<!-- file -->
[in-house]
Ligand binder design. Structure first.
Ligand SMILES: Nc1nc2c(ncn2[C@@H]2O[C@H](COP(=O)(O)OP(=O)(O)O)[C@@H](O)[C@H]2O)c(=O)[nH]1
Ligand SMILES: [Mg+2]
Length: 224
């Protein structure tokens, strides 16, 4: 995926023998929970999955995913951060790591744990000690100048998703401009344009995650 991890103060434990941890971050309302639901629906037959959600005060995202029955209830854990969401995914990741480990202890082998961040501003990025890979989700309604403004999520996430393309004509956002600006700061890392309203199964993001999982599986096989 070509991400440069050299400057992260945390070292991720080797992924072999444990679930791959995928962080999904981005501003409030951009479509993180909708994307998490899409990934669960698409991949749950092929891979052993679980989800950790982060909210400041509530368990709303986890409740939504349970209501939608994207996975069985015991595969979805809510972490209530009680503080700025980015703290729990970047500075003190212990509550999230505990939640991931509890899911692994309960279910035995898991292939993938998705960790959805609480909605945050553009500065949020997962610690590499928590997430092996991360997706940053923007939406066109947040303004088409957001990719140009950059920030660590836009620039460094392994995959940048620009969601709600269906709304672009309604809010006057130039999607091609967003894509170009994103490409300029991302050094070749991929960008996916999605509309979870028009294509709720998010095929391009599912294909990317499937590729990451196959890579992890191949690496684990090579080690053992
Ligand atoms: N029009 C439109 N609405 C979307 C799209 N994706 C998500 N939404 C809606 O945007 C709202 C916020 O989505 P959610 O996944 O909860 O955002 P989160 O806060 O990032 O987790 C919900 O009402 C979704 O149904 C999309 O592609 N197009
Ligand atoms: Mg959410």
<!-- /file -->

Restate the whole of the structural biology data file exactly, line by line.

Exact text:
[in-house]
Ligand binder design. Structure first.
Ligand SMILES: Nc1nc2c(ncn2[C@@H]2O[C@H](COP(=O)(O)OP(=O)(O)O)[C@@H](O)[C@H]2O)c(=O)[nH]1
Ligand SMILES: [Mg+2]
Length: 224
């Protein structure tokens, strides 16, 4: 995926023998929970999955995913951060790591744990000690100048998703401009344009995650 991890103060434990941890971050309302639901629906037959959600005060995202029955209830854990969401995914990741480990202890082998961040501003990025890979989700309604403004999520996430393309004509956002600006700061890392309203199964993001999982599986096989 070509991400440069050299400057992260945390070292991720080797992924072999444990679930791959995928962080999904981005501003409030951009479509993180909708994307998490899409990934669960698409991949749950092929891979052993679980989800950790982060909210400041509530368990709303986890409740939504349970209501939608994207996975069985015991595969979805809510972490209530009680503080700025980015703290729990970047500075003190212990509550999230505990939640991931509890899911692994309960279910035995898991292939993938998705960790959805609480909605945050553009500065949020997962610690590499928590997430092996991360997706940053923007939406066109947040303004088409957001990719140009950059920030660590836009620039460094392994995959940048620009969601709600269906709304672009309604809010006057130039999607091609967003894509170009994103490409300029991302050094070749991929960008996916999605509309979870028009294509709720998010095929391009599912294909990317499937590729990451196959890579992890191949690496684990090579080690053992
Ligand atoms: N029009 C439109 N609405 C979307 C799209 N994706 C998500 N939404 C809606 O945007 C709202 C916020 O989505 P959610 O996944 O909860 O955002 P989160 O806060 O990032 O987790 C919900 O009402 C979704 O149904 C999309 O592609 N197009
Ligand atoms: Mg959410």